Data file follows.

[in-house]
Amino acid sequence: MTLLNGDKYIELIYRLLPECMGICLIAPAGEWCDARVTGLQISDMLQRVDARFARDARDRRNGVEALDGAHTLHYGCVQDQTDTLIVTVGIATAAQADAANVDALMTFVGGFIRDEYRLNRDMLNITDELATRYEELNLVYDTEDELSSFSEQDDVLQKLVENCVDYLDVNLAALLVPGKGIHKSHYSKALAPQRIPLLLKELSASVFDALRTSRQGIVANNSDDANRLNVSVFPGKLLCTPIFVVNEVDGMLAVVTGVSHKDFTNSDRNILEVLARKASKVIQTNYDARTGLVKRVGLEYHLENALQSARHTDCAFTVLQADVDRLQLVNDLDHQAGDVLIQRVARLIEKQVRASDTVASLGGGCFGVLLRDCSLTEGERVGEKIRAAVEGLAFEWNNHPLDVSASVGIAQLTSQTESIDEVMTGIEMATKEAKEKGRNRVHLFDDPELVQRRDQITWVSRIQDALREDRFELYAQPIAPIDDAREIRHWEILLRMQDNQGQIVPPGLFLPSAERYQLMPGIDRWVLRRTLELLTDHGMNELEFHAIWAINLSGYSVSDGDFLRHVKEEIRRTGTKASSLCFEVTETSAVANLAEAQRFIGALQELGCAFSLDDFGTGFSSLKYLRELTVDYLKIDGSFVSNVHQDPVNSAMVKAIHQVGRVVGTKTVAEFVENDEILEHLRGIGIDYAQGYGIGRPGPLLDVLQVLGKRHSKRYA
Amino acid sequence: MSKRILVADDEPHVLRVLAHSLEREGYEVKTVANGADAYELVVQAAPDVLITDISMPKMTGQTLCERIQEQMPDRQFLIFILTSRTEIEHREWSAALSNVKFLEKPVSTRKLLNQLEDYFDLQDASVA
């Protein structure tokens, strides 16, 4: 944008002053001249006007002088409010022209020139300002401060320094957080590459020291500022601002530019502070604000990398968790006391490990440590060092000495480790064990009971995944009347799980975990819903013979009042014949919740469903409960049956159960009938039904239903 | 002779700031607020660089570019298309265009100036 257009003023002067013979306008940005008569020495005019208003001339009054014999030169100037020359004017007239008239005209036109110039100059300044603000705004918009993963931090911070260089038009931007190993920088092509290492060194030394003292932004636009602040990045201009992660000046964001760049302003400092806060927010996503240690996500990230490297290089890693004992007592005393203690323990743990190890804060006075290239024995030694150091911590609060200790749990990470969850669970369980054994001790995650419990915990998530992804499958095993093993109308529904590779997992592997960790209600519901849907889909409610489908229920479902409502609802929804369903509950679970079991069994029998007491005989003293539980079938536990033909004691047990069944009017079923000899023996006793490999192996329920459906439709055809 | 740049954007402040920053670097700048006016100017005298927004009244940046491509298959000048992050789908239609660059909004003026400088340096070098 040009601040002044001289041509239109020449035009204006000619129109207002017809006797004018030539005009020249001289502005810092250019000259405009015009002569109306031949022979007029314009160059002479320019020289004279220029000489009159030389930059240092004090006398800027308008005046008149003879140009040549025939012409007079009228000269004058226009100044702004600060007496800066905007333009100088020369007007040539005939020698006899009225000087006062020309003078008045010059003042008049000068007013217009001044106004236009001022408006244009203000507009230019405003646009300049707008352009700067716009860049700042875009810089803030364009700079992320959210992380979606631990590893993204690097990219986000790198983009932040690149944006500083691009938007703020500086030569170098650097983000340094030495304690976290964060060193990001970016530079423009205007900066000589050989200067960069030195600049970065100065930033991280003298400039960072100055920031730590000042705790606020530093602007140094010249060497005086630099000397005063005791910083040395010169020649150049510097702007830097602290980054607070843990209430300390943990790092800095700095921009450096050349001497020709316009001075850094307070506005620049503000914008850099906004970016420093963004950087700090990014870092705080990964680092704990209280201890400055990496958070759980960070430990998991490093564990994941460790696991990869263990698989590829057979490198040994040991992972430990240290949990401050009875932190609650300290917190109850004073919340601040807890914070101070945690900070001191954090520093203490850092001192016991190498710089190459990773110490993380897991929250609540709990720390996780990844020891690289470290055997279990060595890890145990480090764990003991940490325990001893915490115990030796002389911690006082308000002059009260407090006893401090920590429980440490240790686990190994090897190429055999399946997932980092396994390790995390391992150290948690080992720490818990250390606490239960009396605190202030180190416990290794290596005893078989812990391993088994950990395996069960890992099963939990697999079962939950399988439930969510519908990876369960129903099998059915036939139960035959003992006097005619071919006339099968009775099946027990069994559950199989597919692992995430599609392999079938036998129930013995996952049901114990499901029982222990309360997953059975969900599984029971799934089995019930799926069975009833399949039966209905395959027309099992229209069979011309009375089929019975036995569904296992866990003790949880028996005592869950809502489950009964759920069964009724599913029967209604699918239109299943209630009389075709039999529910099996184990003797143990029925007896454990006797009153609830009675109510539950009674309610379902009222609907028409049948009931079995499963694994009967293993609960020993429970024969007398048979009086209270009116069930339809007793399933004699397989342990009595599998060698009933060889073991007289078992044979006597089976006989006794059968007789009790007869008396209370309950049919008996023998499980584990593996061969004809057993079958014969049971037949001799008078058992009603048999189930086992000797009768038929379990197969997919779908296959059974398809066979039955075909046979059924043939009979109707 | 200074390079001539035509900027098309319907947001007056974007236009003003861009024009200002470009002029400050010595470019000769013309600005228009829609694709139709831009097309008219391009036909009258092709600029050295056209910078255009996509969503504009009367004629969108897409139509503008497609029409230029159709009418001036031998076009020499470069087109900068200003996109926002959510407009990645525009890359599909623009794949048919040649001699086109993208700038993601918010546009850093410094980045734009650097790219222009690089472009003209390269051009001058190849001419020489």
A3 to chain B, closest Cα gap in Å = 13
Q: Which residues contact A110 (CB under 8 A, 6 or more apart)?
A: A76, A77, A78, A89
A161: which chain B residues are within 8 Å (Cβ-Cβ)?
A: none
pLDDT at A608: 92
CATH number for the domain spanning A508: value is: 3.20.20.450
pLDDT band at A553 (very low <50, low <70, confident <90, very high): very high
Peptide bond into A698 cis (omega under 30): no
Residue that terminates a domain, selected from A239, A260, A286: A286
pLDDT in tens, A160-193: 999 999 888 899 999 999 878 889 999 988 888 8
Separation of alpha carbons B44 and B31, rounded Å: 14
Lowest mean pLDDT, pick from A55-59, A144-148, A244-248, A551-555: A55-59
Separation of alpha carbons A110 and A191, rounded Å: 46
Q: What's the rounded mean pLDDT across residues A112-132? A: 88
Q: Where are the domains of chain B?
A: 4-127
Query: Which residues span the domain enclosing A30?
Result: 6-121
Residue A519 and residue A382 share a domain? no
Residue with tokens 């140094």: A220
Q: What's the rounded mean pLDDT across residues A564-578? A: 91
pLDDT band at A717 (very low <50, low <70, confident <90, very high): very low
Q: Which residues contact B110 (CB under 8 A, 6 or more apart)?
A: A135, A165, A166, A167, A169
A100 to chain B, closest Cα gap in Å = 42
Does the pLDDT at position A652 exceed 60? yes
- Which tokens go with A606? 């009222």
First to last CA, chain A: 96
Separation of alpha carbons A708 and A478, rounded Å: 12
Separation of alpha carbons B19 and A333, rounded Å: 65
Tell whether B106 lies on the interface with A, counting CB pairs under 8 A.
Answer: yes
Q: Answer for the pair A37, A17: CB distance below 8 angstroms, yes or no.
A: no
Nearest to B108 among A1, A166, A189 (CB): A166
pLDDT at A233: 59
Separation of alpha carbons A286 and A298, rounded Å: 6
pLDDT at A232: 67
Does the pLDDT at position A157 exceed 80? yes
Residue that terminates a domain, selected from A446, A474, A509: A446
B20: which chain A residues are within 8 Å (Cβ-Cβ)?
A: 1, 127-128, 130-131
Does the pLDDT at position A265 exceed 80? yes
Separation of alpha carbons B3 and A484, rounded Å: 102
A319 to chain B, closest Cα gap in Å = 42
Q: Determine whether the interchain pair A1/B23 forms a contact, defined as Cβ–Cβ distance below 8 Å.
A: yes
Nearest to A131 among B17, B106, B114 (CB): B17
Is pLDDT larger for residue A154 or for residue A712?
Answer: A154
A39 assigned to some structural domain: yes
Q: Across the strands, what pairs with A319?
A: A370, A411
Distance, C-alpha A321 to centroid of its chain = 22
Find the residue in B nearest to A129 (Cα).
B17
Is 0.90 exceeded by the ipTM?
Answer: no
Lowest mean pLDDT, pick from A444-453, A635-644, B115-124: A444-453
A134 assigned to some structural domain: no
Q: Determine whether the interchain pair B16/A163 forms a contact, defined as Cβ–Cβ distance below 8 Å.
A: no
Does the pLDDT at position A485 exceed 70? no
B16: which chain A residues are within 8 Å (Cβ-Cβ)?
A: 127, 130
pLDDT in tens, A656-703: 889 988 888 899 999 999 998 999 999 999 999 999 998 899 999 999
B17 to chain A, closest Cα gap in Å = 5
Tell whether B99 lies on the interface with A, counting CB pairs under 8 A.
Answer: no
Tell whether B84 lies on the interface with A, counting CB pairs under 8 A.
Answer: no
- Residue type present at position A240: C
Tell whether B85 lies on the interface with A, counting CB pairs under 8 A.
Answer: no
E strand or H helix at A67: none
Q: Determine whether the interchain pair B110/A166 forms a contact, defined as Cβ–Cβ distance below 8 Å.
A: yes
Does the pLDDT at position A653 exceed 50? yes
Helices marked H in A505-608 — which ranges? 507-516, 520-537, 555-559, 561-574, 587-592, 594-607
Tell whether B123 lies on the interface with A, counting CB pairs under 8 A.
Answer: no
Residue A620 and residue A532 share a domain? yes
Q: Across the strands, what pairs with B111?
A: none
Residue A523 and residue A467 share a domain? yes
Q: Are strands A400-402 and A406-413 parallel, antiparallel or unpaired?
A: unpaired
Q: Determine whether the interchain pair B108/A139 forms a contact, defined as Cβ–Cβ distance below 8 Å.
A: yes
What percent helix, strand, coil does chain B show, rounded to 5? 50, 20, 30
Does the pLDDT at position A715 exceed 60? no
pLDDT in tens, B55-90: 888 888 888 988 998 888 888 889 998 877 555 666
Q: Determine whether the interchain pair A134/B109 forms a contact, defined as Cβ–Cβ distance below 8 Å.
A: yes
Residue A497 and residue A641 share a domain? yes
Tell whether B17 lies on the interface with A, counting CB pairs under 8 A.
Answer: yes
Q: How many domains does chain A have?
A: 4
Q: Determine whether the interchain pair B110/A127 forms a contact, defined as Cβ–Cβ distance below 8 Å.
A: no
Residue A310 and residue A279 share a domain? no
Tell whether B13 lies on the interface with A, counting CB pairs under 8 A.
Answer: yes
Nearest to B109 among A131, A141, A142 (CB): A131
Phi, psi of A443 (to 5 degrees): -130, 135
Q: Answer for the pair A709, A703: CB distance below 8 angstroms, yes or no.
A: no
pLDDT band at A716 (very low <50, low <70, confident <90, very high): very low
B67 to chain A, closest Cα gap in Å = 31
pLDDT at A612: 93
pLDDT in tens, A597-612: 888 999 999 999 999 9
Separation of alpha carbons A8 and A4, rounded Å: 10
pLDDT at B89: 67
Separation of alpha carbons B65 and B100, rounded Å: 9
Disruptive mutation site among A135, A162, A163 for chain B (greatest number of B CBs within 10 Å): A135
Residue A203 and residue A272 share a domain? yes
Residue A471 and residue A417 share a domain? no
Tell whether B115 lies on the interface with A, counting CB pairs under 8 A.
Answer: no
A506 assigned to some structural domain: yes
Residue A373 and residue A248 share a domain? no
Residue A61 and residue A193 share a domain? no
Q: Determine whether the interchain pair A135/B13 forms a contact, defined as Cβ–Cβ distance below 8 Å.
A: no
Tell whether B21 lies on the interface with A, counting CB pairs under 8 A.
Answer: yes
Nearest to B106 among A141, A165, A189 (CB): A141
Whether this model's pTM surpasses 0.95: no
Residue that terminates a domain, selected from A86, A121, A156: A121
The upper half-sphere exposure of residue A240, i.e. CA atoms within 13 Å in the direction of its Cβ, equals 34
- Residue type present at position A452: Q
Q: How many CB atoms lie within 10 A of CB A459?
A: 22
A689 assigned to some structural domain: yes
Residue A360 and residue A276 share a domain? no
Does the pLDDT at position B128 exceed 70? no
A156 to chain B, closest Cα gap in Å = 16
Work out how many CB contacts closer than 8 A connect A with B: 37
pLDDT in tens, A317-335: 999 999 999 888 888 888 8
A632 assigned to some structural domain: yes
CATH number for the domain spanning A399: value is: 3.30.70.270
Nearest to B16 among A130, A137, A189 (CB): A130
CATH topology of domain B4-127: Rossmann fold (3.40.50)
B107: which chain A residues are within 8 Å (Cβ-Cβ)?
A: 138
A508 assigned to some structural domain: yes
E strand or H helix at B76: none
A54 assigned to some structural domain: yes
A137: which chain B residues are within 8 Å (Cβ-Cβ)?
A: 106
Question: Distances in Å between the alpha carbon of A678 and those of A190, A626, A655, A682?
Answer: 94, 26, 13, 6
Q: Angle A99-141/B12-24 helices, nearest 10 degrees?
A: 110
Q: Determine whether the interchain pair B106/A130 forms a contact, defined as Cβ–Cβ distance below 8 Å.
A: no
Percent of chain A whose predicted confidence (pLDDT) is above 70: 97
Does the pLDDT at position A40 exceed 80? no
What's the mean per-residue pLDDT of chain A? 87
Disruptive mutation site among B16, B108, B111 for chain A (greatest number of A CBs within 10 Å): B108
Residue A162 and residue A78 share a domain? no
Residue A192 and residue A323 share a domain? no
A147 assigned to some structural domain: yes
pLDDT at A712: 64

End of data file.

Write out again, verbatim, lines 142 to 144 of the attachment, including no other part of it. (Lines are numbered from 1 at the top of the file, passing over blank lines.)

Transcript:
Does the pLDDT at position B128 exceed 70? no
A156 to chain B, closest Cα gap in Å = 16
Work out how many CB contacts closer than 8 A connect A with B: 37